At North Vancouver’s Pier 7, the view's a visual feast

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There’s something instantly and incredibly relaxing about sitting on a waterfront patio, shaded by a big umbrella, watching golden specks of sunlight dance off the ocean while a warm breeze brushes your shoulders and you sip something chilled and spiked. North Vancouver’s new Pier 7 restaurant + bar is one spot where you can indulge in such an experience.

Pier 7 restaurant + bar

25 Wallace Mews
North Vancouver
604-929-7437

Open Monday to Thursday 11:30 a.m. to 10 p.m., Friday 11:30 a.m. to 12 a.m., Saturday 10:30 a.m. to 12 a.m., and Sunday 10:30 a.m. to 9:30 p.m...

Situated adjacent to Lonsdale Quay and directly across from Canada Place, the restaurant offers sweeping, striking vistas. Only jaw-droppingly huge yachts (is that really a private helicopter wrapped up in what looks like a giant tensor bandage on the Medusa?) and what must be the largest tugboats in existence occasionally block the spectacle of Stanley Park and the Lions Gate Bridge.

If only the food were as wonderful as the view.

Owned by the folks behind the nearby Pinnacle Hotel at the Pier, Pier 7 has that winning factor of location, location, location. It occupies a stand-alone building that’s architecturally unique with glass and metal jutting out from its curved exterior, bringing to mind the king-of-the-world-type cruise ships you can watch sail by. The restaurant sits at the tip of the historic Shipbuilders Plaza, where North Shore Green Markets holds a lively Friday-night market well worth checking out. One day this waterfront stretch will be the False Creek of North Van.

That the restaurant’s aesthetics trump the eats is especially disappointing given that the restaurant and the kitchen are headed by Dino Renaerts. His résumé includes executive chef stints at West Vancouver’s Fraîche, where he was also a partner, and Diva at the Met, plus positions at Le Gavroche and Bistro Pastis, among other spots.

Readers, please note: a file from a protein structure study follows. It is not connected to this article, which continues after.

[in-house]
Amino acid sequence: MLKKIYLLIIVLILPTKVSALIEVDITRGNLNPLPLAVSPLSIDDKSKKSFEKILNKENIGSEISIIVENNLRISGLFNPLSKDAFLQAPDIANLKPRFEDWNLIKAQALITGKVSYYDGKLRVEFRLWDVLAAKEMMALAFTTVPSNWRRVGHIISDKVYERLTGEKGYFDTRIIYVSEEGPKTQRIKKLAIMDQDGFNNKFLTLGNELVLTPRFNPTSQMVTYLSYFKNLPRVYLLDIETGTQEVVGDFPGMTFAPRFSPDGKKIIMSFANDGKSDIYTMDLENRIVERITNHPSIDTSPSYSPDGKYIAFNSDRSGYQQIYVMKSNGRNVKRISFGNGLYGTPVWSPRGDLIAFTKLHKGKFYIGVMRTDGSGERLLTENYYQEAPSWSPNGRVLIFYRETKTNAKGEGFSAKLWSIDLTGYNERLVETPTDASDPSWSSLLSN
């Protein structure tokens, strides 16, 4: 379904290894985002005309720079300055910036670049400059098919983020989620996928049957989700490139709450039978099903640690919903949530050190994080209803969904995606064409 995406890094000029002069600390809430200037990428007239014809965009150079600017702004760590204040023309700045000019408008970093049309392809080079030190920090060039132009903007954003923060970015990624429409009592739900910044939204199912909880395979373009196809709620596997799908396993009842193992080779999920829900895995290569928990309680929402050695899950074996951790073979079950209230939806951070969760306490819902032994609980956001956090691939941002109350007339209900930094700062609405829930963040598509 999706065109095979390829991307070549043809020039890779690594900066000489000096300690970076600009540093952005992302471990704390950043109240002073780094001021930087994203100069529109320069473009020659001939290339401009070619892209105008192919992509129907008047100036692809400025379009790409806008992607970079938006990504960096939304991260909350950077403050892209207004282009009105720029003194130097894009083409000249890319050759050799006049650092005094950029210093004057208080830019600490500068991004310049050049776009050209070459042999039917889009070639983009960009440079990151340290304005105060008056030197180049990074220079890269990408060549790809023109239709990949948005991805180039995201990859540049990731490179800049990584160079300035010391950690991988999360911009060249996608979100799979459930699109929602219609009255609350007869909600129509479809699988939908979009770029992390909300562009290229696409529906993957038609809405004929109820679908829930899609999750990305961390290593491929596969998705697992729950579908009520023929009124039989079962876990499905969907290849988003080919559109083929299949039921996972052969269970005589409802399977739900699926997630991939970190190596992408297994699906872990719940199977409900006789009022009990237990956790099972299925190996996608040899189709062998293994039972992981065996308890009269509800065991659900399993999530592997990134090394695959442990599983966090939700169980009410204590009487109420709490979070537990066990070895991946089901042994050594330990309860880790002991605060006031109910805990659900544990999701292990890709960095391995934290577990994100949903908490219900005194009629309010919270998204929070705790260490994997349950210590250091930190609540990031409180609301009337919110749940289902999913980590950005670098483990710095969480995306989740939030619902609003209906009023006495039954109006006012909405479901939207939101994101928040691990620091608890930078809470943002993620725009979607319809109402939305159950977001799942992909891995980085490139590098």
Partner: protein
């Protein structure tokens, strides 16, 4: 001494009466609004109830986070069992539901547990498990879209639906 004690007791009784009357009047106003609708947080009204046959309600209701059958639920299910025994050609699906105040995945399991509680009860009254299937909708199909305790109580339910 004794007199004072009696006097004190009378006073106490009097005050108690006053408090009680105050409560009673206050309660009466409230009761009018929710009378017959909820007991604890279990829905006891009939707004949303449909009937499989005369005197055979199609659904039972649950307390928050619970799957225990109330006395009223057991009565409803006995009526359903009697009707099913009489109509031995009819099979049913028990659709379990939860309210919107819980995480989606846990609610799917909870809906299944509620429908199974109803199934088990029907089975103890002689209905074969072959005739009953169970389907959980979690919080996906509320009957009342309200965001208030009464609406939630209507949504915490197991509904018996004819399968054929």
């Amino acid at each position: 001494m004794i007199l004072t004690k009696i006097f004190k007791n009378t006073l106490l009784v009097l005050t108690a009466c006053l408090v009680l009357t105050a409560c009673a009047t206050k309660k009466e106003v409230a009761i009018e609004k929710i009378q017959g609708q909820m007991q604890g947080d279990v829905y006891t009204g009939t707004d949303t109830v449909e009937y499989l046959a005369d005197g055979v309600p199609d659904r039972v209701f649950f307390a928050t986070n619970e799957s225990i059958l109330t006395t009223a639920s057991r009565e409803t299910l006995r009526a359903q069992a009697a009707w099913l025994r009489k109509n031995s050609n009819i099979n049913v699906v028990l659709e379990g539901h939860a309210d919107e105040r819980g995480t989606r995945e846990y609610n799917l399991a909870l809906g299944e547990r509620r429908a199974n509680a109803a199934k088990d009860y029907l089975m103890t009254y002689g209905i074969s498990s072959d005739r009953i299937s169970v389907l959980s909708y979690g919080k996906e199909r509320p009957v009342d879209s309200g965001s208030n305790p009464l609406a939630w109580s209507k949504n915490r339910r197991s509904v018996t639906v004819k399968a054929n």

Some of the dishes are delicious. The seared albacore tuna tataki, topped with pretty pieces of pink grapefruit, looks elegant and tastes just as fine. Every last drop of the chili, lime, and tomato-butter broth that accompanies the Salt Spring Island honey mussels got mopped up with fresh bread. And the Qualicum Bay scallops proved to be the standout main, the meaty shellfish snuggled into a bed of side-stripe shrimp risotto.

The rest of our picks, however, underwhelmed. Granted, the four of us visited shortly after its opening, but in Metro Vancouver’s highly competitive restaurant industry, early days can hardly be used as an excuse.

The lobster mac ’n’ cheese is yummy indeed (really, how can you go wrong with the luscious crustacean bundled up in cheese and butter?), but it was served scalding hot. The plate itself felt like it was about 300 degrees, a sure sign it sat under the heat lamp for too long waiting for the other starters to be ready. (The waiter said he was pretty certain he didn’t have any fingerprints left.)

The calamari also suffered from poor timing, having been dunked excessively in the deep fryer. It didn’t help that the dish had zero presentation, just a side of serrano pepper–suffused XO sauce; no garnish, nothing to lift the look of the overly dark brown, tough rings. The Pier 7 chowder, with its tomato-Pernod broth, earned a comparison to—gasp!—supermarket stuff. The dry-rubbed, grilled ahi tuna was slightly overcooked.

On a subsequent solo, late-afternoon visit, a small caesar salad (emphasis on small—six slender baby romaine hearts, to be exact) started off promisingly with a hit of fresh anchovies, but the crisp greens needed a tidge more garlic and lemon. And although I appreciated the waiter making a fresh pot of coffee afterward, 12 minutes is too long to wait for a $4 cup. Service is otherwise efficient and enthusiastic.

One quibble with the menu: nachos should never cost $20, even if they do come with shrimp and spice-rubbed tuna.

By contrast, the wine list “vision” appeals: “primarily wines that go with seafood and fish; family run wineries; patio sippers that are lovely to quaff; an emphasis on eco-conscious wine”, the menu says.

Our foursome considered something sweet to finish—choices include roasted pineapple with piña colada sorbet and a chocolate plate with cake, gelato, and cheesecake—but, uninspired, we decided to have dessert (and more wine) at home.

Dinner for four, with a round of cocktails and a bottle of wine, came to $250 before tax and tip. We’d go back—for the view.

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